"It does sound a bit culty," he laughs. "But it's really not. It's a programme that works. I'm living proof.
"It opens the door to healing which allows you to get on top of the other issues.
"It's about getting people through the door, bringing them out of the isolation they feel and connecting them with others who have the same problems.
"It's about abstinence. I am an all-or-nothing person and I feel abstinence is where it's at. It's a clean break.
"It's very challenging and a gradual process but you have to keep going," he adds.
"What's really amazing about Mount Carmel is they are with you every step which is so important.
"And afterwards they are still there to support you which is exactly what you need and it's so reassuring.
"There is such an enormous amount of information and a tool kit which are the resources to help you when you want to scratch the itch - when you've had a fight with your wife, lost your job, when life is just happening and you want to reach for a drink.
"Life is so challenging for most of us in one way or another so you have to have an alternative to reaching for that drink and that's what Mount Carmel teaches you."
And he's clear there need to be more places like Mount Carmel.
"Mount Carmel is a fantastic place. I am not a politician but I feel if the government is going to spend money on rehab or on people with problems they need to do it right," he says.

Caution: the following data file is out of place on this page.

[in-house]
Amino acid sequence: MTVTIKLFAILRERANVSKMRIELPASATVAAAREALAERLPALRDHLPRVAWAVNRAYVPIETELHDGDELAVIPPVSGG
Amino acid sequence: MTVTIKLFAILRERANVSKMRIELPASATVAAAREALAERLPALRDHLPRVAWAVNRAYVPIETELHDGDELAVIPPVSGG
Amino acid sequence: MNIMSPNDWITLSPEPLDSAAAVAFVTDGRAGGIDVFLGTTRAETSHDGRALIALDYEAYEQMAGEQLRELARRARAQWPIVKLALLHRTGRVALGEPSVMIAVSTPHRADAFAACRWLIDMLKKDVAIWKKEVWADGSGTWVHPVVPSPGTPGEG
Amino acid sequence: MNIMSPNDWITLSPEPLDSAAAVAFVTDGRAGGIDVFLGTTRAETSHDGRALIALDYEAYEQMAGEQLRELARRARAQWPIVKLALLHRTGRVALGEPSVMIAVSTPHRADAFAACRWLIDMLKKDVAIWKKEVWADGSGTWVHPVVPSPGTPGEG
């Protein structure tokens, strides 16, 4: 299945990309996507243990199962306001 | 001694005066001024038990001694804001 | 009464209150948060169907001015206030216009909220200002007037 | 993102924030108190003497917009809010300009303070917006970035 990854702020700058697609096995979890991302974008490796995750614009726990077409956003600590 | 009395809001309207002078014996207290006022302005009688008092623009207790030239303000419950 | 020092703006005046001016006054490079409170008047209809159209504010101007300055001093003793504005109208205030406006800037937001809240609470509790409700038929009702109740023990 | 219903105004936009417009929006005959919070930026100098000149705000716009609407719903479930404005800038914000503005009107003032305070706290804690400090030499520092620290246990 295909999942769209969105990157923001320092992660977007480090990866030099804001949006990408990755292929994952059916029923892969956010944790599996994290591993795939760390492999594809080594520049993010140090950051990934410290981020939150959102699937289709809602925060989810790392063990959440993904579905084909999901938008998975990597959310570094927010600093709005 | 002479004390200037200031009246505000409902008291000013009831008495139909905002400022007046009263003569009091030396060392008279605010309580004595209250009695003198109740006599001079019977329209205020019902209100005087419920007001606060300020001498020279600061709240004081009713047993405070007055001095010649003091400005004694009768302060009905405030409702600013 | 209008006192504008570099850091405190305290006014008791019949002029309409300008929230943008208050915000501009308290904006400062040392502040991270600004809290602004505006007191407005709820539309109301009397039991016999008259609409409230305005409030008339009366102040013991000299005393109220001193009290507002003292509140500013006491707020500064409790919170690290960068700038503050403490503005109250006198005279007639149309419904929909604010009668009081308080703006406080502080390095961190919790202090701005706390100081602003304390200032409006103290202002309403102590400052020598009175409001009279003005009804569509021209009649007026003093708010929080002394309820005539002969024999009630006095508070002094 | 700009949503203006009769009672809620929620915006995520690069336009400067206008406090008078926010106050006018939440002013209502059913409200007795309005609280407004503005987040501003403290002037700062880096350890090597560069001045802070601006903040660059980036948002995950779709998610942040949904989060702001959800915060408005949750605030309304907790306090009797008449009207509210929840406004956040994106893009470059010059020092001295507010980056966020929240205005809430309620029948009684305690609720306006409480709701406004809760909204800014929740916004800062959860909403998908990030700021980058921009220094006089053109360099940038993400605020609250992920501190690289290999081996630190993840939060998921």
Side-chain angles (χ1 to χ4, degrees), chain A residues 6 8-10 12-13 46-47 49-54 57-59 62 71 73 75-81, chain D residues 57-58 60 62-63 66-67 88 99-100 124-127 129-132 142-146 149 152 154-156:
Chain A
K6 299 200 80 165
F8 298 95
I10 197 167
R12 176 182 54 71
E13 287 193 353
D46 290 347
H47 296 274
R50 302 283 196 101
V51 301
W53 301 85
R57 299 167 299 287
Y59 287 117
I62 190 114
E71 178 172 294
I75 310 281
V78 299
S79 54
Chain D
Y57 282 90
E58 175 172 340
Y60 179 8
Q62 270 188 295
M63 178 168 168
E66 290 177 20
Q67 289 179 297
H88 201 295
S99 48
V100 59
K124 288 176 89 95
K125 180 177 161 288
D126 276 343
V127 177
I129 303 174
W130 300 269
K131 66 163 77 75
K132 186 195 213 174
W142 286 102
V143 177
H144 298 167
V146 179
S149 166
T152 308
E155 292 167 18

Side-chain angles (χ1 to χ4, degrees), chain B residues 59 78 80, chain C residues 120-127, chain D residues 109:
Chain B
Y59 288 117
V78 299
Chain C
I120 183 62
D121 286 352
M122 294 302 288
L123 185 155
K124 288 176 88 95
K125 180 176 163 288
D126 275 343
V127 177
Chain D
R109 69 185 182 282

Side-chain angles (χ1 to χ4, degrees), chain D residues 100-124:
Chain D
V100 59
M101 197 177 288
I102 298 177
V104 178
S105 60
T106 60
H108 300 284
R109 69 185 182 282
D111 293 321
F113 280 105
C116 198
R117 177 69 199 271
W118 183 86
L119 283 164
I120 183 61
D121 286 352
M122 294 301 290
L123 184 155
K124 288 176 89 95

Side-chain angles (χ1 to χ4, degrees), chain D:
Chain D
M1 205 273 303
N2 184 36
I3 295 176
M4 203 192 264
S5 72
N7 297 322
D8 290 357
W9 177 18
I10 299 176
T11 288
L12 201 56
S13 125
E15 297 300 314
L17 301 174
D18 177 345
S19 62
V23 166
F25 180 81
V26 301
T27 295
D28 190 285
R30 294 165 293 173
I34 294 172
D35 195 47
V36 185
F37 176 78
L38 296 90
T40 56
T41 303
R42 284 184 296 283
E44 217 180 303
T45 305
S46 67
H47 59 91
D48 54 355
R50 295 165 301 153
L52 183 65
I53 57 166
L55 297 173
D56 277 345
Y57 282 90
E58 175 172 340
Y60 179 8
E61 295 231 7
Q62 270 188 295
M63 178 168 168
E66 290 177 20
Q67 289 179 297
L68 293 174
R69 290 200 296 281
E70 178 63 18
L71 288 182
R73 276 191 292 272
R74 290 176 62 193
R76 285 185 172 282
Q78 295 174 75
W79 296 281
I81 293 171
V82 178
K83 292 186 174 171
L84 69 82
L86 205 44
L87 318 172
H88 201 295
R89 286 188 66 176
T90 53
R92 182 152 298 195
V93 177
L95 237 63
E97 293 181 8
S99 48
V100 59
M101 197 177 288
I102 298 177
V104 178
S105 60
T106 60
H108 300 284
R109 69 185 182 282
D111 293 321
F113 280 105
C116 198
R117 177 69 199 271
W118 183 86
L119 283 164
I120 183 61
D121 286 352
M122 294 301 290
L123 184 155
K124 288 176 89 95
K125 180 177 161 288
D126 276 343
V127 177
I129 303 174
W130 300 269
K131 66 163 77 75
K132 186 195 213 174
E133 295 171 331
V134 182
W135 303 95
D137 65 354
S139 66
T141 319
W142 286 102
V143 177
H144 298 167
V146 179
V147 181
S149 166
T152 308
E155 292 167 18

"People can offer so much and I think that's why if there was an argument for more money or government intervention it's that.
"It's a life change but it's so worth it. To get clean and begin again, build a sober foundation and have an extraordinary life.
"I can only say from my experience. People can become very useful members of society and it's in everyone's interests to help as many people to get sober."
And he admits since his stint in rehab, life has been good.
"Life is amazing," he says warmly. "I love my job, the band and my family and I'm working with the band on a new album which is great.
"I am a realist not a romantic but I feel like I got the golden ticket when I went to rehab. It's a difficult thing to communicate with people without it sounding a bit freaky," he adds laughing.
"I just want to tell people it's actually a tremendously noble step towards a better life. It's about debunking the negative mystique around rehab.
"I am hopeful though. Thousands of people have found a way. But people have to be prepared to pick up the phone and call Mount Carmel. No one can do that for you.
"You have to walk through the door and take that step yourself. It's never too late to turn your life around."